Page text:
Google to pay creators for YouTube Shorts video views

Google to pay creators for YouTube Shorts video views
YouTube Shorts Monetization

Beginning in February, Google will pay YouTube creators for the video views of their Short videos. YouTube Shorts are vertical videos up to 60 seconds long recorded on a smartphone with the Shorts camera in the YouTube app.

Starting next month, Google will introduce a Shorts Monetization Module in YouTube Partner Program (YPP), enabling creators to share revenue from ads viewed between videos in the Shorts Feed.

Google to pay 45% rev share to creators, but only after paying the music licensing.

Creators are eligible for the YPP by gaining 1,000 subscribers with 10 million valid public Shorts views in the last 90 days.

Non-original Shorts and artificial or fake views of Shorts are ineligible for monetization.

YouTube Analytics will start displaying estimated daily Shorts Feed ad revenue along with other performance metrics on February 1, 2023.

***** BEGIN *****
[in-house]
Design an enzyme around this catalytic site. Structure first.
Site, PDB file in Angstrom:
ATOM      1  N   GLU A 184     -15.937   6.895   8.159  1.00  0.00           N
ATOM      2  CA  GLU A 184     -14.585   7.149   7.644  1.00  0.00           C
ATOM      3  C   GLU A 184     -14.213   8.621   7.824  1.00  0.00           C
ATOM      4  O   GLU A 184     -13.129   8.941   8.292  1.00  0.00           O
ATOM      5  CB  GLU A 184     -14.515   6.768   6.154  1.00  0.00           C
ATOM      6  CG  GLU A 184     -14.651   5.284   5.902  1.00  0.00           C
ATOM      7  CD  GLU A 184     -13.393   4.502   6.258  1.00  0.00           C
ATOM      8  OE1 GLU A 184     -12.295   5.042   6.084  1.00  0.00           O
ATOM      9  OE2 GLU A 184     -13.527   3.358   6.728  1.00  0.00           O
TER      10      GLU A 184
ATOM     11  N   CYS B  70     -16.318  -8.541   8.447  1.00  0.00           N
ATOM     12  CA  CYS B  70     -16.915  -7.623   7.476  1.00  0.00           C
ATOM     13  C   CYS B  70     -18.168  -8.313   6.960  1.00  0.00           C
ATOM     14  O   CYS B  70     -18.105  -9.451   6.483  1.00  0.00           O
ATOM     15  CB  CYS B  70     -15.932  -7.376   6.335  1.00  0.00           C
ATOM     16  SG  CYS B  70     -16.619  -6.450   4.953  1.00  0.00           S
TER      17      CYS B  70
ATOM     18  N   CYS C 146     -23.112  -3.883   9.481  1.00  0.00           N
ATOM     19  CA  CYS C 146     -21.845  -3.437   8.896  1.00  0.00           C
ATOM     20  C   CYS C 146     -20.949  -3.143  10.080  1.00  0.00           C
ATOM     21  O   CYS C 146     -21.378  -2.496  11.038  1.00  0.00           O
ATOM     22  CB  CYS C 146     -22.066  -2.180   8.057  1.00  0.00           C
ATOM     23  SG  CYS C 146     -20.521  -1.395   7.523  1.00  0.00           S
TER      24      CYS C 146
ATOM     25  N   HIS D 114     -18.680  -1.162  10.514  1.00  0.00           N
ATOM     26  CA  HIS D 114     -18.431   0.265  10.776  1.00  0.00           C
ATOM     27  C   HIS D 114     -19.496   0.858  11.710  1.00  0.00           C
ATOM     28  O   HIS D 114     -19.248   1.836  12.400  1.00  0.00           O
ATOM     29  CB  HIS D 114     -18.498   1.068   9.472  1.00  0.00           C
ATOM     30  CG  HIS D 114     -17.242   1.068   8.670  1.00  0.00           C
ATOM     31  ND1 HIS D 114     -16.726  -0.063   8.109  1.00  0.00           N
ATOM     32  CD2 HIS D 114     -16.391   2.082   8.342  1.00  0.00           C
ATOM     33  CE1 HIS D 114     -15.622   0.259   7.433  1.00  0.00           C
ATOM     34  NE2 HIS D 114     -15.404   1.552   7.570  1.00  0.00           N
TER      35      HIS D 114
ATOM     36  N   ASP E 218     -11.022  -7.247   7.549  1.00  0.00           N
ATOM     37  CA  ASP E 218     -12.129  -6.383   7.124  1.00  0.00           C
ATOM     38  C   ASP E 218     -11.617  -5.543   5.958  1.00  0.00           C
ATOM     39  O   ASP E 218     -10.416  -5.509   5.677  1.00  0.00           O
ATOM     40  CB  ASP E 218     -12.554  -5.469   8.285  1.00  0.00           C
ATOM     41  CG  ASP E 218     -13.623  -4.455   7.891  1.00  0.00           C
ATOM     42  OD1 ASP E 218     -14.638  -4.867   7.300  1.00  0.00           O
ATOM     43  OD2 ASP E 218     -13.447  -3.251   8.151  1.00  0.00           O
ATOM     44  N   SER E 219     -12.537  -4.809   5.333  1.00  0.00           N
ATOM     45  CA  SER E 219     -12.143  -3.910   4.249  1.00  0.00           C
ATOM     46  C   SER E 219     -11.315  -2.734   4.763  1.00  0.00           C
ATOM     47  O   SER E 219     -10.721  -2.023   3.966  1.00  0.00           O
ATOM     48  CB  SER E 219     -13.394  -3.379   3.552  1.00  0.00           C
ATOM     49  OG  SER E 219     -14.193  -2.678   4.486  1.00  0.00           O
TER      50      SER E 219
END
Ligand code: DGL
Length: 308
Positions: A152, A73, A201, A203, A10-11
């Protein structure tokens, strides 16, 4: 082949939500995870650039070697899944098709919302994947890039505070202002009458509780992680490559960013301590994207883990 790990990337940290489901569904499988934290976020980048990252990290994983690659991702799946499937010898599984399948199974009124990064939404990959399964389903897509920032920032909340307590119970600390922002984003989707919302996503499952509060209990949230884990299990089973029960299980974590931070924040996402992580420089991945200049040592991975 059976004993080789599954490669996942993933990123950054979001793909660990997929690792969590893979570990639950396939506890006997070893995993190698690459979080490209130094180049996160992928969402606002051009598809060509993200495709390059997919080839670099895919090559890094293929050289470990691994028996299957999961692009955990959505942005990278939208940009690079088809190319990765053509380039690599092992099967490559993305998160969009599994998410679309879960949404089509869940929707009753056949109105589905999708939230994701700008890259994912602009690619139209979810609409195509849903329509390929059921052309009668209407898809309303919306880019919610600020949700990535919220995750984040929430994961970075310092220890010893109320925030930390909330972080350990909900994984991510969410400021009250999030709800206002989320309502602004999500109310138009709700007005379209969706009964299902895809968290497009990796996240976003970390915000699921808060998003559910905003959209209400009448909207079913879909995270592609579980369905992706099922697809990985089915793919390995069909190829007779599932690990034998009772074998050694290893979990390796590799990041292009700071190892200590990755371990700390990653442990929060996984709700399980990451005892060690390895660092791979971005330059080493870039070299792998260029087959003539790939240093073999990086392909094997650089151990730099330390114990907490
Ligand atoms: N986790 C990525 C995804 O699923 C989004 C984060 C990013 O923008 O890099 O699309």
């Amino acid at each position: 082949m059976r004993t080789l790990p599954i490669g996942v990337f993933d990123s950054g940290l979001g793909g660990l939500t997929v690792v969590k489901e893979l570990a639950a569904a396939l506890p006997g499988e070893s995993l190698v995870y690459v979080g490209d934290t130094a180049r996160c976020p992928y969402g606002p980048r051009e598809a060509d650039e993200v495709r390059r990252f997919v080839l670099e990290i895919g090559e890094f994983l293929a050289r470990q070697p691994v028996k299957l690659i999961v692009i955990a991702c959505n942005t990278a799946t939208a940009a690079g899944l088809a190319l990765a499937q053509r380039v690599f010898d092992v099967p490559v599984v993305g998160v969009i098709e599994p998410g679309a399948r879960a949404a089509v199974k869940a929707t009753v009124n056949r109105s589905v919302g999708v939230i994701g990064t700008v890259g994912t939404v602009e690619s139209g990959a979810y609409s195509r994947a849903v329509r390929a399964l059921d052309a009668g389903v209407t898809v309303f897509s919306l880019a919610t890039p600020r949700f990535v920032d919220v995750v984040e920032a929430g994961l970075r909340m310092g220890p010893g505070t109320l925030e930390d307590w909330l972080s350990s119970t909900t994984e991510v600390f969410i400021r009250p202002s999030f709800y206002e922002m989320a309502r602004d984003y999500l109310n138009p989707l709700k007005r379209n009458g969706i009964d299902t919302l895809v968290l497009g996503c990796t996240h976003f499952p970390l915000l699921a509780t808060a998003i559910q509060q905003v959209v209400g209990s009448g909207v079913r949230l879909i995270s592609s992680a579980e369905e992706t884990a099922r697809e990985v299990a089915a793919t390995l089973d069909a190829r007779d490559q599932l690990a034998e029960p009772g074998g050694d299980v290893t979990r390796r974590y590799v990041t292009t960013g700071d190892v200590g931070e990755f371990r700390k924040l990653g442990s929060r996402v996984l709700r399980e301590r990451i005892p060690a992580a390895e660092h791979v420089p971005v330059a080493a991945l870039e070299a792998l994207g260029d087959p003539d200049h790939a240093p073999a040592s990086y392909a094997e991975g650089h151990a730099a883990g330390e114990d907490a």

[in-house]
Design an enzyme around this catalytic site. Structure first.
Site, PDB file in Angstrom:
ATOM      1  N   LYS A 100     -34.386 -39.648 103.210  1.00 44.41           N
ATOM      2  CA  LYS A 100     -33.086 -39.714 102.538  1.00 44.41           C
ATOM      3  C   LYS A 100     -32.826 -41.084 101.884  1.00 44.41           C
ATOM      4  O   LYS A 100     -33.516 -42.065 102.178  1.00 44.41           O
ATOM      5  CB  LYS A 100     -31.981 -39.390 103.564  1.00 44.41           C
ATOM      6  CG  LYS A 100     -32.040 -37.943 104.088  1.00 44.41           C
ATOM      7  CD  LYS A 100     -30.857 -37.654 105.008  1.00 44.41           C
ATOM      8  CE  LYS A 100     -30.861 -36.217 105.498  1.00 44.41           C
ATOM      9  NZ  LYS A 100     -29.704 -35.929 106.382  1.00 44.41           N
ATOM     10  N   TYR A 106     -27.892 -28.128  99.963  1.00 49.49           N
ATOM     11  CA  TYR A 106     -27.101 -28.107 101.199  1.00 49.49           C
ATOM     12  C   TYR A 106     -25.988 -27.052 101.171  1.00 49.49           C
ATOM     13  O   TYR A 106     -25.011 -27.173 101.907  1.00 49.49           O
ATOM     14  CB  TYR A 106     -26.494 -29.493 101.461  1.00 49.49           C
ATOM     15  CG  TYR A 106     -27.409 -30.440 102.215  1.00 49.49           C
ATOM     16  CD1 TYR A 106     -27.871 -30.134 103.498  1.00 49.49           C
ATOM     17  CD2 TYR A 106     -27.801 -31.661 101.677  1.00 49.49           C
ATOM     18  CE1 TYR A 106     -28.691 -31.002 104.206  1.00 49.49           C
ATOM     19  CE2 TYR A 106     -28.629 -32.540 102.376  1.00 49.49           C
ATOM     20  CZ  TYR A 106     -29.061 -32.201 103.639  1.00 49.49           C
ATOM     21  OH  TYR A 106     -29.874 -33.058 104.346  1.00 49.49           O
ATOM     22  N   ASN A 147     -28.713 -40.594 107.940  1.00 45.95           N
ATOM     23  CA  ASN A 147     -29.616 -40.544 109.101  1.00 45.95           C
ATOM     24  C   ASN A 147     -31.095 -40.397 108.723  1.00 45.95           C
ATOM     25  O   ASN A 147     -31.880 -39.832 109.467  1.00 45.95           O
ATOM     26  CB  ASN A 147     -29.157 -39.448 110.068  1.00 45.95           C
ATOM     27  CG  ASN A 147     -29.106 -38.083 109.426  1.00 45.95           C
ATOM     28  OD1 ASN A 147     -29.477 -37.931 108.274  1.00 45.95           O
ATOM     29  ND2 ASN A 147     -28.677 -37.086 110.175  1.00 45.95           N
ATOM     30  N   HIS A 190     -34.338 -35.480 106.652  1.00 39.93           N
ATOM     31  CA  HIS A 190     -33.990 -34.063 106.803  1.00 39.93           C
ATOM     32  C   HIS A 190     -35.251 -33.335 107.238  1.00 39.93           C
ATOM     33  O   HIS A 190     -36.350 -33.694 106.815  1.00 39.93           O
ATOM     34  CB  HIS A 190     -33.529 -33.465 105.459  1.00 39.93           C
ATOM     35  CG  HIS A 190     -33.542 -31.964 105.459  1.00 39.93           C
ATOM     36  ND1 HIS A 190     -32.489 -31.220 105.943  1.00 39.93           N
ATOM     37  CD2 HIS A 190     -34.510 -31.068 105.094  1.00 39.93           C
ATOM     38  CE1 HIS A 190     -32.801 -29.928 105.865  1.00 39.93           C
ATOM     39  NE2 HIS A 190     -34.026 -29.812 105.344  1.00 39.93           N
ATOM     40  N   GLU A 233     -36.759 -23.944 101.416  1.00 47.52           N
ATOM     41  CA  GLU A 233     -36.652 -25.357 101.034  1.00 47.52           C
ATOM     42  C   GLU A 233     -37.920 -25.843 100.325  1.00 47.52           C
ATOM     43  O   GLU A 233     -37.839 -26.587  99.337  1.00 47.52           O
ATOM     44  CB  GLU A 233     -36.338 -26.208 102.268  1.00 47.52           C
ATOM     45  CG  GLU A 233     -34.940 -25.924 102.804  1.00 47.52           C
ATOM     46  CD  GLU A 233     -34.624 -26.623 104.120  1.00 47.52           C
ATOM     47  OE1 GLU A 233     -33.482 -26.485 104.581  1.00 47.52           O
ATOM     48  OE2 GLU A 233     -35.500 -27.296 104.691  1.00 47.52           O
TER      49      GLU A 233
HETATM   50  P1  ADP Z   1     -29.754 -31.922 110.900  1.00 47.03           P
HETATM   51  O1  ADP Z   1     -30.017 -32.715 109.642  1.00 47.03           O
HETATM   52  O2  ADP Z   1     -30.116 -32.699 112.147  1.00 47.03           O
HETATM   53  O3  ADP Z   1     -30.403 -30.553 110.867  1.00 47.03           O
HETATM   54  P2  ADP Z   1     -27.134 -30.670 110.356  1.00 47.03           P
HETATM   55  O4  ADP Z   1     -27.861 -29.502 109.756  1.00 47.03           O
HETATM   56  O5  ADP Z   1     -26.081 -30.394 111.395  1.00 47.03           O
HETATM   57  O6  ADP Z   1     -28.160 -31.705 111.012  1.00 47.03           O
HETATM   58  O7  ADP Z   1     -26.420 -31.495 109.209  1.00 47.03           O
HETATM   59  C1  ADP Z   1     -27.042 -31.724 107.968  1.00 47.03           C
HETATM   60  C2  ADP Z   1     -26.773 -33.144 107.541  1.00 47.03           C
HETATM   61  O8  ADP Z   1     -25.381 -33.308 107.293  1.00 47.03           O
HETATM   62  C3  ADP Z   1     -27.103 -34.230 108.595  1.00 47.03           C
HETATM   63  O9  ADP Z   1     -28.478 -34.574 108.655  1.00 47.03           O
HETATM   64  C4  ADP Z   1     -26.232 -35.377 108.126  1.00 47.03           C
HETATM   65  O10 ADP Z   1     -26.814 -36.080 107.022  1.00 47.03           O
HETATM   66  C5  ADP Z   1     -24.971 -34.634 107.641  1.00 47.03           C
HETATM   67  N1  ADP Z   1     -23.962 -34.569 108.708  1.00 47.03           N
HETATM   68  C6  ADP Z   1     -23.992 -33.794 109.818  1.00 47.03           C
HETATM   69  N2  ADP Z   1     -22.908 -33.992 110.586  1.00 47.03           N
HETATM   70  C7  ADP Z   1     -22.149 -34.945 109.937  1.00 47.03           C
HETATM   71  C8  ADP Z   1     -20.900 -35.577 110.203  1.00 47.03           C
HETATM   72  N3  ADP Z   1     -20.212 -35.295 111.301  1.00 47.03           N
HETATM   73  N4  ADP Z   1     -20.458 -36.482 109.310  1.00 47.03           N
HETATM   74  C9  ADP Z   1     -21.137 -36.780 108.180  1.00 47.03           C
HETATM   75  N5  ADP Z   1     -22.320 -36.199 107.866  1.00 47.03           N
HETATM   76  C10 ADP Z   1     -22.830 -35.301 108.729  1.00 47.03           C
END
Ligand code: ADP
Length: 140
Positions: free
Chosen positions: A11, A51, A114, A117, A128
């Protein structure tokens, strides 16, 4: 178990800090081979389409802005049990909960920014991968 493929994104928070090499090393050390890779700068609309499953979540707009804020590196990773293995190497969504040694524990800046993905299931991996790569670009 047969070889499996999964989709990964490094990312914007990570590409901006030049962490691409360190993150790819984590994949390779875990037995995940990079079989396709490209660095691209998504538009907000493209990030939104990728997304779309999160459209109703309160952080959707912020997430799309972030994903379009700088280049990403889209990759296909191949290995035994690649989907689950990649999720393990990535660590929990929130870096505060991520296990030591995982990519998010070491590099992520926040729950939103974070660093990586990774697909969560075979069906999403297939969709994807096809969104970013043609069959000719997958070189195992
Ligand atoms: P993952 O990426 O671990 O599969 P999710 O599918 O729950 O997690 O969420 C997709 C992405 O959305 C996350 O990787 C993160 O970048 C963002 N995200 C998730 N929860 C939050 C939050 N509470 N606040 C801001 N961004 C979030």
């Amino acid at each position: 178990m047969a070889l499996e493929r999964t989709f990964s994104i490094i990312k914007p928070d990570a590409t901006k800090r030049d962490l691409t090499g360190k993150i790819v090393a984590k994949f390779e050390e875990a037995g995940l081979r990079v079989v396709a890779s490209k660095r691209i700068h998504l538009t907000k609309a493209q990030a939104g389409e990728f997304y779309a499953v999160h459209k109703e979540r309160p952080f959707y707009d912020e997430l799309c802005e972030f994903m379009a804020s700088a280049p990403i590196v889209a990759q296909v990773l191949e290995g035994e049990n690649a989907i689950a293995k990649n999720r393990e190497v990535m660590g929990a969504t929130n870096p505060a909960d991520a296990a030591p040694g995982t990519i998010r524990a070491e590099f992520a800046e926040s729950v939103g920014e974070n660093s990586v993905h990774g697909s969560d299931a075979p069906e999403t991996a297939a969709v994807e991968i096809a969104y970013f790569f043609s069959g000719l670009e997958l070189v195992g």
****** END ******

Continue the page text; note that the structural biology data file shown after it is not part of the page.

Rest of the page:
Creators lose revenue with the music licensing

Google has created a Creator Pool, with Shorts Feed ad revenue per country. Google then allocates the ad revenue based on views, per country, and music usage across Shorts.

If a creator uploads a Short with music in it, YouTube will split the revenue associated with its views between the Creator Pool and music partners based on the number of tracks used. If a creator uploads a Short with no music, all the revenue associated with its views goes into the Creator Pool.

If the Short features 2 music tracks, then one third of the revenue associated with its views would be allocated to the Creator Pool, and the other two-thirds used to cover the costs of music licensing.

According to Google, the ad revenue in the Creator Poll is then distributed to creators based on their share of total views from monetizing creators’ Shorts in each country. From the Creator Poll, Google applies a revenue share rate of 45% to creators. Google takes 55%.

Google says it will also pay 45% of the net revenue from YouTube Premium that is allocated to monetizing creators for Shorts. It says that a portion of YouTube Premium revenues are allocated to help cover costs of music licensing, and payments to each creator are based on their share of subscription Shorts views within each country.

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